Brian’s treatment ended Monday. I’m sure y’all expected to hear from one of us about how excited we are about closing the chemoradiation chapter, popping the champagne.

Honestly, that’s not where we are. His fight didn’t just abruptly end, side effects disappear. As I write, he’s taking a nap in the bedroom. 

When healthy, the man doesn’t do naps. Not a nap guy. While I see progress in his health, it’s very slow. He sits up more. He did an evening pickup of Ella from percussion practice this week. He’s going to bed a bit later. Small steps. 

Limbo, I’d say that’s where we are. The worst of the treatment over, but we don’t know when this will end. This isn’t some project on a timetable. We really don’t know where we are. We see Brian getting a bit stronger, but we also see his skin scabbing over, front and back, where the radiation targeted. Continuing extreme fatigue. Uncertainty regarding when he’ll get back to the office, especially since it’s a large campus so there’s a lot of walking, not to mention sick people milling around since it’s a public facility. We know Brian’s immune system is still compromised, but not to what extent, and don’t have plans to test it. 

Sometime in May Brian will have PET and brain scans so we can see how effective treatment worked/if anything new is found. Like so much of this journey, inflammation takes it sweet time to subside, so new scans can’t be taken until 90 days after treatment. We have no idea what would happen if there was lingering cancer and no reason to ask. We’re taking life day by day. 

Immunotherapy will begin soon, with fewer, if any, side effects anticipated, but there’s no guarantee there either. 

I may sound negative, but this is where we are. You can’t plot it on a map. It’s all wait and see. We’ve made the best choices we could in doctors and have had luxuries others going through this don’t have, like loads of sick time, jobs that have been extremely supportive, friends who’ve come out of the woodwork to send helpful gifts and check on us.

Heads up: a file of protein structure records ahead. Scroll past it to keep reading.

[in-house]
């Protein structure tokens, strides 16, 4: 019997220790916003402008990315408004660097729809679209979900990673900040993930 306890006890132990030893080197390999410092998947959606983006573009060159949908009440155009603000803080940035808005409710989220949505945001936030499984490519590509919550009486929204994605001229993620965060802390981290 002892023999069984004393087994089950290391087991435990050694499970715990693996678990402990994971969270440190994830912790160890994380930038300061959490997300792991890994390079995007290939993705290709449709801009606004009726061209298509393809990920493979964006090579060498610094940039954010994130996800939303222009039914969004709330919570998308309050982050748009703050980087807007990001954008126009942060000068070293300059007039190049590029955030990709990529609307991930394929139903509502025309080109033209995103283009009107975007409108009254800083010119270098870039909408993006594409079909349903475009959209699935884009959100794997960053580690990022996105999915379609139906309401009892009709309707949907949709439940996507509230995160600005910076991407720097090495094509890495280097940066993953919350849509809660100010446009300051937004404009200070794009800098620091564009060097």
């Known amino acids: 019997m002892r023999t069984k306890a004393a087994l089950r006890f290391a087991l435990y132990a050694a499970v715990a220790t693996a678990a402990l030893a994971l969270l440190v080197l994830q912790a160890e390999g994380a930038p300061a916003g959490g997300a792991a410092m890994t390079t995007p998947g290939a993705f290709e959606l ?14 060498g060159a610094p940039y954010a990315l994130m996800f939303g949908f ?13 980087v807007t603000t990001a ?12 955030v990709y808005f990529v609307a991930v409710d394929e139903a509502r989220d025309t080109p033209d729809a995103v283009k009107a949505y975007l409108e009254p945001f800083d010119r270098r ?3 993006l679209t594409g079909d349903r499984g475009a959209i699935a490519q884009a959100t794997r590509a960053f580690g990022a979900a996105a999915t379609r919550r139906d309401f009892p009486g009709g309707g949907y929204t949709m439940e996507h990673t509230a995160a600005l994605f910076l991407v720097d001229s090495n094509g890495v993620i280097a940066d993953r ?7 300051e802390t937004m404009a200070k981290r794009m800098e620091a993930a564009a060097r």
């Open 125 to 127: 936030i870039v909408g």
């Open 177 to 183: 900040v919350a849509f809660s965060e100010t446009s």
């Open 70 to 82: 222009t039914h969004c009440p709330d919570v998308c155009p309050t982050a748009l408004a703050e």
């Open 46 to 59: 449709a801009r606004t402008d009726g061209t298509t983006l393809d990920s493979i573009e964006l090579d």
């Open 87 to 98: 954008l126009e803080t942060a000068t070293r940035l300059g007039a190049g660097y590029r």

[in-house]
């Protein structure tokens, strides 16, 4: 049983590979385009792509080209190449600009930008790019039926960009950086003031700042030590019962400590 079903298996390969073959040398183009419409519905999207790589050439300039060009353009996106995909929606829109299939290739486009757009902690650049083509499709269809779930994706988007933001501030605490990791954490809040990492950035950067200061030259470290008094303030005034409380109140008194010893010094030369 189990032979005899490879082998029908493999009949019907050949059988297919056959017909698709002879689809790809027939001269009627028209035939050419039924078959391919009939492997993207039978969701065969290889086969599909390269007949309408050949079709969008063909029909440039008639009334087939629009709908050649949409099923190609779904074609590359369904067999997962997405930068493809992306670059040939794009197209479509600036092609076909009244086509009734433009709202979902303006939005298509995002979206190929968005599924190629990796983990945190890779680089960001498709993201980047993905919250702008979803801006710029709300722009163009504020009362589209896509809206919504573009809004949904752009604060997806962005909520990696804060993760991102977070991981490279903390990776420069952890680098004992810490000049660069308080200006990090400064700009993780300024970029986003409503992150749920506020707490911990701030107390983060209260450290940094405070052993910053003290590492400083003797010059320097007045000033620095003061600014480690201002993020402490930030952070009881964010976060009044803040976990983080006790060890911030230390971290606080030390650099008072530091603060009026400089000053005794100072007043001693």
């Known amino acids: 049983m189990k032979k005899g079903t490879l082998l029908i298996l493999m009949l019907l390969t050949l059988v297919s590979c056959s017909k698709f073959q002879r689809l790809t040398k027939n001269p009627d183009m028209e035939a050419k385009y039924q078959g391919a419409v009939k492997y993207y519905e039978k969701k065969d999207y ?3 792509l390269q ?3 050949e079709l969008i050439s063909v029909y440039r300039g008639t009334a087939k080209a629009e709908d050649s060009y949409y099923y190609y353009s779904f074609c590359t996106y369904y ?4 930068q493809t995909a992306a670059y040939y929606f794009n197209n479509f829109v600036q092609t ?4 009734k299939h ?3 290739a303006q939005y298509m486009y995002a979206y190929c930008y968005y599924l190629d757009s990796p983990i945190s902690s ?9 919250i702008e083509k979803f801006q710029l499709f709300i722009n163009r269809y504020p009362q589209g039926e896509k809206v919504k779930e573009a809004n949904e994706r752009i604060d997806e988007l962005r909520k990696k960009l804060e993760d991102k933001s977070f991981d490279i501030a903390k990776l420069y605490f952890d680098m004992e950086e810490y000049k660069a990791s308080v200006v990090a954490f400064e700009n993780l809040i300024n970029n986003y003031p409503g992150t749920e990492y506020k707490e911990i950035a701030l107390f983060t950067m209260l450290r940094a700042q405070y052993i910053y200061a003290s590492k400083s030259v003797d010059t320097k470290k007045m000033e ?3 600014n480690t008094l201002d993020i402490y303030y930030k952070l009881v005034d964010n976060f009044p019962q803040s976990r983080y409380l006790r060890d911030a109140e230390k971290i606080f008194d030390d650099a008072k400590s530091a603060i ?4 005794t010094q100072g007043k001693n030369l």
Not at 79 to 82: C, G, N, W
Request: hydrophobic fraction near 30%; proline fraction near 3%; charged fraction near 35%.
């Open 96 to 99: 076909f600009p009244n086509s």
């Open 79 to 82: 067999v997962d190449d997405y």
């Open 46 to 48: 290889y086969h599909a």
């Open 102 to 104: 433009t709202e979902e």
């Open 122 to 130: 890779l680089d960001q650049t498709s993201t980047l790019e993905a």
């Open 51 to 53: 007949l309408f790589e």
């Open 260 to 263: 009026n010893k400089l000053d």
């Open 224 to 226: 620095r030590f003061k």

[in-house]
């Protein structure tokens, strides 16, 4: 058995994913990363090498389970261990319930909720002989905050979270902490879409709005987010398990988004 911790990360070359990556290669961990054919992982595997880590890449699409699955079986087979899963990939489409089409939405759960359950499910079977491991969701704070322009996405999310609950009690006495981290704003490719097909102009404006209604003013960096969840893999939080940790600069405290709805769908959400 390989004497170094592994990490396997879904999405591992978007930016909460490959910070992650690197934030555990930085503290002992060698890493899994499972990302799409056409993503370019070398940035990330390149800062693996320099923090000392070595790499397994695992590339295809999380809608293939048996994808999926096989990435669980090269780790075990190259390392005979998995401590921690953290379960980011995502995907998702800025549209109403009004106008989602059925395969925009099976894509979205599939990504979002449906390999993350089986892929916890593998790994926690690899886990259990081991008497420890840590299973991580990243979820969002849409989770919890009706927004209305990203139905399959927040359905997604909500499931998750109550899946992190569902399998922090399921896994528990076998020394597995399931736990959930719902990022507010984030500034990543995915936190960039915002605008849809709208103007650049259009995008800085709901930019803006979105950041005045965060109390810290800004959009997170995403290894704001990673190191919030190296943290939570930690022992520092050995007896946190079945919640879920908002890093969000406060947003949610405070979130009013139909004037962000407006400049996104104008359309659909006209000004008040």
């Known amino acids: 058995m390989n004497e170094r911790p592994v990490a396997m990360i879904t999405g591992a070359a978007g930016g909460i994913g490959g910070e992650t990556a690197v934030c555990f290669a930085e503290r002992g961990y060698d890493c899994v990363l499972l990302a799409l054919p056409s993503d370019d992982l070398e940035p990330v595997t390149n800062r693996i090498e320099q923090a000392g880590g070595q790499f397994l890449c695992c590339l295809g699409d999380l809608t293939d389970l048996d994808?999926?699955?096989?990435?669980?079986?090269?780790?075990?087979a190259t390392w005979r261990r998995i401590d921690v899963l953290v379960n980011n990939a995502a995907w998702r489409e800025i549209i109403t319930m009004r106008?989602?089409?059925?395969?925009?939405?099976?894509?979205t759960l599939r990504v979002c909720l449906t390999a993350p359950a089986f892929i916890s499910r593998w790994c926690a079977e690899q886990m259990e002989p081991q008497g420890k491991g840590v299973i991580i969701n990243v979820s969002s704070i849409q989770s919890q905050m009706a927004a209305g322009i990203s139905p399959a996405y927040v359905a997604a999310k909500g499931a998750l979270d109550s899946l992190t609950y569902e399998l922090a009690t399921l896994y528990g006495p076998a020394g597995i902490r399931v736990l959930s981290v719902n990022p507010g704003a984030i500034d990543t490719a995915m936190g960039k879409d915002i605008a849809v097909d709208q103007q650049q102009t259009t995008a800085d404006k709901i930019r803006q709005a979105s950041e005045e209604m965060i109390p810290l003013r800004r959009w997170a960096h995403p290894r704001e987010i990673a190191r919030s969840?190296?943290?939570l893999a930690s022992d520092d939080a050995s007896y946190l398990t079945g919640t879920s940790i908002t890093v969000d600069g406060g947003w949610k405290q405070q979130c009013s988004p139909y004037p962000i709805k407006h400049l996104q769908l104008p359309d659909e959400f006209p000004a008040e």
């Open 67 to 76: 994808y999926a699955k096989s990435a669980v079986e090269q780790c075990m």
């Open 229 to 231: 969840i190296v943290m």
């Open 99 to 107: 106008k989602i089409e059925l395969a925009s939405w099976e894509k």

How lucky we are to have you on this journey with us.

I’ve mentioned a number of times that we’re in our first year of marriage. Our first Christmas while we were dating I bought a Christmas ornament and had it personalized with our names. It’s a man and woman on a rollercoaster (yes, it’s very cheesy). I told Brian when we started dating to buckle in, because for reasons I’ve had little control over, I tend to lead quite a wild ride of a life. 2019 lived up to that expectation in many ways. While we did get married some random day I don’t remember during our lunch breaks (which, in retrospect, was a very lucky spontaneous choice that’s simplified the cancer journey), we never got our footing or a routine developed as a couple. I’ve learned a lot about Whaley, because significant illness can bring up the unexpected, on the fly. I suppose some things you only learn in dire circumstances, when stress and bandwidth are tested, when health is failing. 

This is the For Better or Worse, In Sickness and In Health portion of the program. Just wasn’t expecting it so soon.

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